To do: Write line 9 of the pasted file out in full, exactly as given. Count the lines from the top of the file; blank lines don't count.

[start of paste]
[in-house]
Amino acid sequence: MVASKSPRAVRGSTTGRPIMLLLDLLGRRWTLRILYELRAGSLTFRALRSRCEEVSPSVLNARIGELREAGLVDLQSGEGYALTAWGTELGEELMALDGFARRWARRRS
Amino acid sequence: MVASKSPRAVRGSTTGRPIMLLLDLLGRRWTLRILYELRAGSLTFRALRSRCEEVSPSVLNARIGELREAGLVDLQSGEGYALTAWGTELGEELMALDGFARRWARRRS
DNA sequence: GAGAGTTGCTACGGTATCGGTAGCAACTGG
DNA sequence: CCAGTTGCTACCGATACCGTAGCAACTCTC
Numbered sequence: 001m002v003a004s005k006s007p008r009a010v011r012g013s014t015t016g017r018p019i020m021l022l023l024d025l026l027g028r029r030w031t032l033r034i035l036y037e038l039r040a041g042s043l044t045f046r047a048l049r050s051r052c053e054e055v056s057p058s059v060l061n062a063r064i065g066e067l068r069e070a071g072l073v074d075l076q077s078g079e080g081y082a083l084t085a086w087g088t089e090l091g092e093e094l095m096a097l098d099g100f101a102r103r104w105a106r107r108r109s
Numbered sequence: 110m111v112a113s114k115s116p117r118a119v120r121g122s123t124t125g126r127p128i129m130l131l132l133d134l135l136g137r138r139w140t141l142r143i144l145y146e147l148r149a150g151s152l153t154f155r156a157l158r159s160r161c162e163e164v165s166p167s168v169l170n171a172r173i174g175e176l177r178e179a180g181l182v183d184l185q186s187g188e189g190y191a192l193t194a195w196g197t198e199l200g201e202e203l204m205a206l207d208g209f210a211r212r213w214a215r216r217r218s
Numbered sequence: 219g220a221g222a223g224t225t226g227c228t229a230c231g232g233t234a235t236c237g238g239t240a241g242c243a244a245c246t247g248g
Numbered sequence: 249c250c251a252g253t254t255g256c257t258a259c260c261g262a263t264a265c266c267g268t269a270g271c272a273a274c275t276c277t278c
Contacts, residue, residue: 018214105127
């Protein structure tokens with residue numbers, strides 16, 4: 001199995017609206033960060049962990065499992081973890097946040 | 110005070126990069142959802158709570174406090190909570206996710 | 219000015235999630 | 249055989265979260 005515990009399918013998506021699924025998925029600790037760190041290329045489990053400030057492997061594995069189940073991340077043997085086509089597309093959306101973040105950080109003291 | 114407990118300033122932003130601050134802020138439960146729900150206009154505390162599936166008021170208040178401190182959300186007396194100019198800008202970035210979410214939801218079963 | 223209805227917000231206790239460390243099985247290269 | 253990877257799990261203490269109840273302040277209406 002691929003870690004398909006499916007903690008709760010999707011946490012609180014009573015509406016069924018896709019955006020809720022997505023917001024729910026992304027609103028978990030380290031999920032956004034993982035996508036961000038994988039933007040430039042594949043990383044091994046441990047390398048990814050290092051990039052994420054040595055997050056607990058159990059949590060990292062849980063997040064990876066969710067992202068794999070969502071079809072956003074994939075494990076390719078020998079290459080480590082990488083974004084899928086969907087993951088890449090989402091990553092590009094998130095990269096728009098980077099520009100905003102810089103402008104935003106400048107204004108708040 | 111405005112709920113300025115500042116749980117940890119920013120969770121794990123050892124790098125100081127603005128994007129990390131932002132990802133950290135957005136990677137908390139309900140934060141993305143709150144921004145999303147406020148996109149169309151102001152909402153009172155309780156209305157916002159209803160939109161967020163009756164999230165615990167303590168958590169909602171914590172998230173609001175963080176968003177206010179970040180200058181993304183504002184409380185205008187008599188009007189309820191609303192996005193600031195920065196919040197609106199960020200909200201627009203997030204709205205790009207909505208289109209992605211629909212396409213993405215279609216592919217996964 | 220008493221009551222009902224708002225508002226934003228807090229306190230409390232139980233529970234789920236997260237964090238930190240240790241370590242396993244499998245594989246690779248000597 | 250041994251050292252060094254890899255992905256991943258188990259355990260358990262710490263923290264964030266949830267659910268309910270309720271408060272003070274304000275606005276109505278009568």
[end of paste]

Numbered sequence: 249c250c251a252g253t254t255g256c257t258a259c260c261g262a263t264a265c266c267g268t269a270g271c272a273a274c275t276c277t278c